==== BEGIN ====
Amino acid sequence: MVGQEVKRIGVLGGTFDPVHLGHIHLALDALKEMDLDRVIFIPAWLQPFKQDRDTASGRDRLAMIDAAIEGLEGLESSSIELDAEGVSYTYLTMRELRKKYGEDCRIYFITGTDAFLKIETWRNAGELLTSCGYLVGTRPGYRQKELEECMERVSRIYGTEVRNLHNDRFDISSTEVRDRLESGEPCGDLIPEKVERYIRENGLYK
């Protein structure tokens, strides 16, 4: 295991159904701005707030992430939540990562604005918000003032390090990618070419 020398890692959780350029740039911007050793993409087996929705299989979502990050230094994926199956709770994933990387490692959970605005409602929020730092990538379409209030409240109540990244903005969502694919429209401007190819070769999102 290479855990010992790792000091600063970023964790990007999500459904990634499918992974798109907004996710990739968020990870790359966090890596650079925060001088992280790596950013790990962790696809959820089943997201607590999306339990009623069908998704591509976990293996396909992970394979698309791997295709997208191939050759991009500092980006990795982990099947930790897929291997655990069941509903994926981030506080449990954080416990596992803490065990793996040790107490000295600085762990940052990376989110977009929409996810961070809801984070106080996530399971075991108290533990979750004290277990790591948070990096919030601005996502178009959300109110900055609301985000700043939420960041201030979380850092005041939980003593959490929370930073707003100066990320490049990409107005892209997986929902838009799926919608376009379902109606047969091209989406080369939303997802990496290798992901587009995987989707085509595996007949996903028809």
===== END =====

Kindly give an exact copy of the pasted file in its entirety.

Amino acid sequence: MVGQEVKRIGVLGGTFDPVHLGHIHLALDALKEMDLDRVIFIPAWLQPFKQDRDTASGRDRLAMIDAAIEGLEGLESSSIELDAEGVSYTYLTMRELRKKYGEDCRIYFITGTDAFLKIETWRNAGELLTSCGYLVGTRPGYRQKELEECMERVSRIYGTEVRNLHNDRFDISSTEVRDRLESGEPCGDLIPEKVERYIRENGLYK
């Protein structure tokens, strides 16, 4: 295991159904701005707030992430939540990562604005918000003032390090990618070419 020398890692959780350029740039911007050793993409087996929705299989979502990050230094994926199956709770994933990387490692959970605005409602929020730092990538379409209030409240109540990244903005969502694919429209401007190819070769999102 290479855990010992790792000091600063970023964790990007999500459904990634499918992974798109907004996710990739968020990870790359966090890596650079925060001088992280790596950013790990962790696809959820089943997201607590999306339990009623069908998704591509976990293996396909992970394979698309791997295709997208191939050759991009500092980006990795982990099947930790897929291997655990069941509903994926981030506080449990954080416990596992803490065990793996040790107490000295600085762990940052990376989110977009929409996810961070809801984070106080996530399971075991108290533990979750004290277990790591948070990096919030601005996502178009959300109110900055609301985000700043939420960041201030979380850092005041939980003593959490929370930073707003100066990320490049990409107005892209997986929902838009799926919608376009379902109606047969091209989406080369939303997802990496290798992901587009995987989707085509595996007949996903028809």